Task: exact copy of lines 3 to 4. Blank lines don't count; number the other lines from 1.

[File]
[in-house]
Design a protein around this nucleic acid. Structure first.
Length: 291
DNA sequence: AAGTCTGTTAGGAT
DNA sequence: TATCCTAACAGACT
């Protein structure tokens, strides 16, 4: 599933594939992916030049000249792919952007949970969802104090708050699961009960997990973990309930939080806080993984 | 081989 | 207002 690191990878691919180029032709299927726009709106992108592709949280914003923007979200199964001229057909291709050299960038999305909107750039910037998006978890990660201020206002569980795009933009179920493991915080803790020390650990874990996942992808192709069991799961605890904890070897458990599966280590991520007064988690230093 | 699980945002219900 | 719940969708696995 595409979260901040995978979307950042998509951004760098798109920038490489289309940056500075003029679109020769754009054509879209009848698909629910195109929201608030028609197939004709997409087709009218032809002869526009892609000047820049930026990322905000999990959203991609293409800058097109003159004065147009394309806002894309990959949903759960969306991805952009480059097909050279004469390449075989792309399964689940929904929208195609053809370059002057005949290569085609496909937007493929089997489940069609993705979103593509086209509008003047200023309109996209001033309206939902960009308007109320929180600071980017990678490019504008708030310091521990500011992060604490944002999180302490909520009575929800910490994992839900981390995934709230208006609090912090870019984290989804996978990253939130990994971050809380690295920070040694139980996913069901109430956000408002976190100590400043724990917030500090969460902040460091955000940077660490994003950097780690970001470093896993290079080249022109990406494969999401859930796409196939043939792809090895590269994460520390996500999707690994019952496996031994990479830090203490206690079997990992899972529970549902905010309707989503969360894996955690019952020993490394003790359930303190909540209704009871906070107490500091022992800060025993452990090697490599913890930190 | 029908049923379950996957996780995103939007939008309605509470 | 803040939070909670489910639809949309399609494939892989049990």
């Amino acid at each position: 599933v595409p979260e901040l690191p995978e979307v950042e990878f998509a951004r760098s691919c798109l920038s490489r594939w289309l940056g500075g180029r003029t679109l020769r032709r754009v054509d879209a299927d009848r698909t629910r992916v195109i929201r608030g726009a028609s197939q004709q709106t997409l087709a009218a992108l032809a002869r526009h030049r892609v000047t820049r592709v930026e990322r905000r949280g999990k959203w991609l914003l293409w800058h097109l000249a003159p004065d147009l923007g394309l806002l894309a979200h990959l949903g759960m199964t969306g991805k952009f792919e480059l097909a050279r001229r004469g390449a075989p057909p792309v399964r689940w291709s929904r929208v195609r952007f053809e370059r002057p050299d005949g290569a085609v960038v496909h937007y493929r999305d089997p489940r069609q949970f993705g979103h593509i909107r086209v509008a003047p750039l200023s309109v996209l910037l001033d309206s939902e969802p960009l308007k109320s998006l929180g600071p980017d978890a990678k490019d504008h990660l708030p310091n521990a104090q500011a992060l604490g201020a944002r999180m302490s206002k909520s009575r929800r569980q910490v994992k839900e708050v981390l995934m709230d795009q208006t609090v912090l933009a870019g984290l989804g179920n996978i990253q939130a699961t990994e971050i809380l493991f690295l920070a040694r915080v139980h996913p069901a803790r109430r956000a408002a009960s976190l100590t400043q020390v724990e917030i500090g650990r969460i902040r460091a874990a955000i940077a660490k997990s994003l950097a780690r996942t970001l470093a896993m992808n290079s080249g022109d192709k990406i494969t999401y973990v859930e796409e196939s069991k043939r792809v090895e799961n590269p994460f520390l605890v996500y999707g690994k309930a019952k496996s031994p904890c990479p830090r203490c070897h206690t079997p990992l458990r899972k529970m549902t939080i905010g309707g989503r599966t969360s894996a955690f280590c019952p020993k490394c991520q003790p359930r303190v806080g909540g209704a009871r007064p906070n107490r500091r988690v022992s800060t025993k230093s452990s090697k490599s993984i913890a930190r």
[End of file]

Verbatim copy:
Length: 291
DNA sequence: AAGTCTGTTAGGAT